The fence sprung up unexpectedly, a splash of color along a stretch of the Alameda in Menlo Park, a piece of living art. A word would appear and then, as suddenly, disappear. Passersby embraced it, as did the neighborhood (save one disgruntled soul). But few knew that it was the work of artist Mitchell Johnson, who is equally comfortable painting landscapes plein air and abstracts in his local studio.
“The representational paintings that I make are very shape- and color-driven which is the same as my abstract paintings; they, too, are very much shape and color driven,” he said in an interview with UC Berkeley art historian Peter Selz. “So I don’t feel a great leap between the two ways of working and I don’t feel that there is a stylistic message that prevents me from moving back and forth.”
After graduating from Parsons School of Design, Mitchell moved west, taking a job as a studio assistant for noted Bay Area artist Sam Francis. He found love and marriage – to chef/restaurateur Donia Bijan (of Palo Alto’s L’Amie Donia fame) – and finding “a nice little house that suited us,” the couple moved to Menlo 10 years ago, adding son, Luca, to the family.
While he still travels to Europe to paint regularly – he was recently appointed the first artist in residence at Borgo Finocchieto in Italy where he will also serve as program adviser – he treats his studio work as his 9-to-5 “everyday” job. “Like other parents, I need to get my son to soccer practice,” he said during a visit to his light-filled studio. “That structure fits my family life but it also dovetails with the natural light [from the overhead sky lights] I need to paint.”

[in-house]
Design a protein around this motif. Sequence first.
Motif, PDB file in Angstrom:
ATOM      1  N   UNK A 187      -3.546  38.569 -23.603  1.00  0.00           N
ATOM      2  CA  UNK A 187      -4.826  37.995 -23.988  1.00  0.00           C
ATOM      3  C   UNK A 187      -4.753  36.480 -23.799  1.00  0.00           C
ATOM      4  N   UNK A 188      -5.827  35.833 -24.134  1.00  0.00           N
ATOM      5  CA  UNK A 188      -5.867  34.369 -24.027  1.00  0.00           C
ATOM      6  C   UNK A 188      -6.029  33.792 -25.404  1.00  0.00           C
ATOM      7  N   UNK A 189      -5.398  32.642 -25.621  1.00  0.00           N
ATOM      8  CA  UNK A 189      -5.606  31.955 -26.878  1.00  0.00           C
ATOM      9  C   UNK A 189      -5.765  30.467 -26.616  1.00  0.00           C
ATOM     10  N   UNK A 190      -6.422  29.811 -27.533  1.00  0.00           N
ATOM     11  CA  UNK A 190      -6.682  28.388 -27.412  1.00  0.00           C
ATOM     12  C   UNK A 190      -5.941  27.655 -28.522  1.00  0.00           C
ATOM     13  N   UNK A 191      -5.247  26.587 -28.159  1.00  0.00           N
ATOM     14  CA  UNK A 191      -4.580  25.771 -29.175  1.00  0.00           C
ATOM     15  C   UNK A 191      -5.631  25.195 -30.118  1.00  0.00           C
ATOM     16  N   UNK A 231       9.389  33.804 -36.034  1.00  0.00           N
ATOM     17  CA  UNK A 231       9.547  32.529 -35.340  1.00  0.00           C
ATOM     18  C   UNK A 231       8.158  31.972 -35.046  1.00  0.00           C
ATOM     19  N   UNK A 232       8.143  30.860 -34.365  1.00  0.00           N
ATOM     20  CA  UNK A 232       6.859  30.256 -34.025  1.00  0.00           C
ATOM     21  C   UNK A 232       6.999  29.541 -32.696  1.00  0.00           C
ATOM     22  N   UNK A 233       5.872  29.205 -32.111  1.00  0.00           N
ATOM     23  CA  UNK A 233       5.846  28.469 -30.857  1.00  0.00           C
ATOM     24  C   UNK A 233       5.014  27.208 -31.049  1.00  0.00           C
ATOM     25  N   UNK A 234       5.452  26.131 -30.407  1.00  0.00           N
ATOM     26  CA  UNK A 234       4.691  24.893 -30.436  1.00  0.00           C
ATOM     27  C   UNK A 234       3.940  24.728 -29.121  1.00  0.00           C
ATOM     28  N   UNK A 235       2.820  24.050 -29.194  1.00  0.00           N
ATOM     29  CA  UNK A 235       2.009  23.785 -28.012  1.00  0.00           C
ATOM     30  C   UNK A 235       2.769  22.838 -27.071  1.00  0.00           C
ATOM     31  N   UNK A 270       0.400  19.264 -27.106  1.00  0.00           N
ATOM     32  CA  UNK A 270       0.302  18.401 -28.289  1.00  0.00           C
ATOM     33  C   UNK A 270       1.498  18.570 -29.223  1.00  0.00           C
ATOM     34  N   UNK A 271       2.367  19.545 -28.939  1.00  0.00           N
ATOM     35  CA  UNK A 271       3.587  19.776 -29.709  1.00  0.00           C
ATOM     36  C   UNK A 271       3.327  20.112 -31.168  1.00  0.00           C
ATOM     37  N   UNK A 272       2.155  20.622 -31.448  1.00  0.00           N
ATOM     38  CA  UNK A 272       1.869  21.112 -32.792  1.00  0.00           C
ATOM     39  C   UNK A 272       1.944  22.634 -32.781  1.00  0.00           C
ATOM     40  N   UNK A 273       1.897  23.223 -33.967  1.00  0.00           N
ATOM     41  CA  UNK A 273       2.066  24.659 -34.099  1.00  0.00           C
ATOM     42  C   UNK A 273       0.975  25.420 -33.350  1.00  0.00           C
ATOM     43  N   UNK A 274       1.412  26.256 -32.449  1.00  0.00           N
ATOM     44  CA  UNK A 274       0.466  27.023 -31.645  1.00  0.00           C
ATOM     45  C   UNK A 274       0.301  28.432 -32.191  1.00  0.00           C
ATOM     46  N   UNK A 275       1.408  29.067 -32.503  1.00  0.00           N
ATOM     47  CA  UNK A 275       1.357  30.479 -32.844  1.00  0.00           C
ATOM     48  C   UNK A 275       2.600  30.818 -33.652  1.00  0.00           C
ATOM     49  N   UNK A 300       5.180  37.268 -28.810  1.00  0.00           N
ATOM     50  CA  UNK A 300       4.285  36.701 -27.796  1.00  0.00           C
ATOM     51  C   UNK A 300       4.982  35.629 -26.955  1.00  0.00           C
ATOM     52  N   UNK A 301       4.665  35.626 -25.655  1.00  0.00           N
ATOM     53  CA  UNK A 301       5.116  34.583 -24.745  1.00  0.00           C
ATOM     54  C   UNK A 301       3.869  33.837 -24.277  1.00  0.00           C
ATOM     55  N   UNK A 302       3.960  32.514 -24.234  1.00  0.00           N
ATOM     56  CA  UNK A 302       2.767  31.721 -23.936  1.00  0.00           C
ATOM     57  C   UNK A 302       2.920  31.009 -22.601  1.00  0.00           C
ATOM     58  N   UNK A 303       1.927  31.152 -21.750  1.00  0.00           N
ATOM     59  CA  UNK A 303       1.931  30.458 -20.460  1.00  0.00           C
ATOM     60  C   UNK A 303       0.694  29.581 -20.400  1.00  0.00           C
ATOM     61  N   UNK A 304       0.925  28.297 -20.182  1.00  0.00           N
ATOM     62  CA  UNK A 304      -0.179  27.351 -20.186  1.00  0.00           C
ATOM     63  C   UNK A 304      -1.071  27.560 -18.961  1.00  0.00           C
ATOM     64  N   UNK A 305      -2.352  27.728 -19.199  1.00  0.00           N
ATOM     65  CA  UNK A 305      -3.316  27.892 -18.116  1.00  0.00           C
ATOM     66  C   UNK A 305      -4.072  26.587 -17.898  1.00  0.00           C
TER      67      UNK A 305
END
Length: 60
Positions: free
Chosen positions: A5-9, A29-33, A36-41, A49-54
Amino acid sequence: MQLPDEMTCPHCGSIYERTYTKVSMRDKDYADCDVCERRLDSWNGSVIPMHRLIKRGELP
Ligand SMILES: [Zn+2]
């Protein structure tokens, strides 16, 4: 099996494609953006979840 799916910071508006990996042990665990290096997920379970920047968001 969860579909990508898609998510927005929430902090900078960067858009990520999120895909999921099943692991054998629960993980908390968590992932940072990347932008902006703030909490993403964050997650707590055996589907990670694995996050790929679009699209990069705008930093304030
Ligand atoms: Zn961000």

Mitchell’s paintings can be found in 500 collections including the Fine Arts Museums of San Francisco, the New Mexico Museum of Art, the Frederick R. Weisman Museum at Pepperdine and the Federal Reserve Board in Washington D.C. A collection of his recent abstract work and brand new landscapes from Europe and California is currently on display (through mid-January) at the Flea Street Cafe in Menlo Park.
He describes his studio as “a bit cave-like but a great space – I need all the wall space.” About the art fence, which came down last year: “We really got to know our neighbors, and it was a great vehicle to take us into the community.”
Discussing his paintings he says: “I make them because they make me happy. I know how I feel about my paintings – they are how we make sense of the world, the color and shape and complexity of our visual experience. But everybody pays attention to a particular painting in their own way – we’re all exploring.”
Now that he’s been painting for 30 years, he says it’s the extensive record of shows that may capture a new admirer’s attention, allowing that person to take the time to get further acquainted. But it’s the local following combined with the gallery sales that provides the steady income. “I’m fortunate to live here, and I’m really lucky that people want to buy my paintings.”
Photos of Mitchell Johnson by Chris Gulker; abstract fence photo courtesy of Mitchell Johnson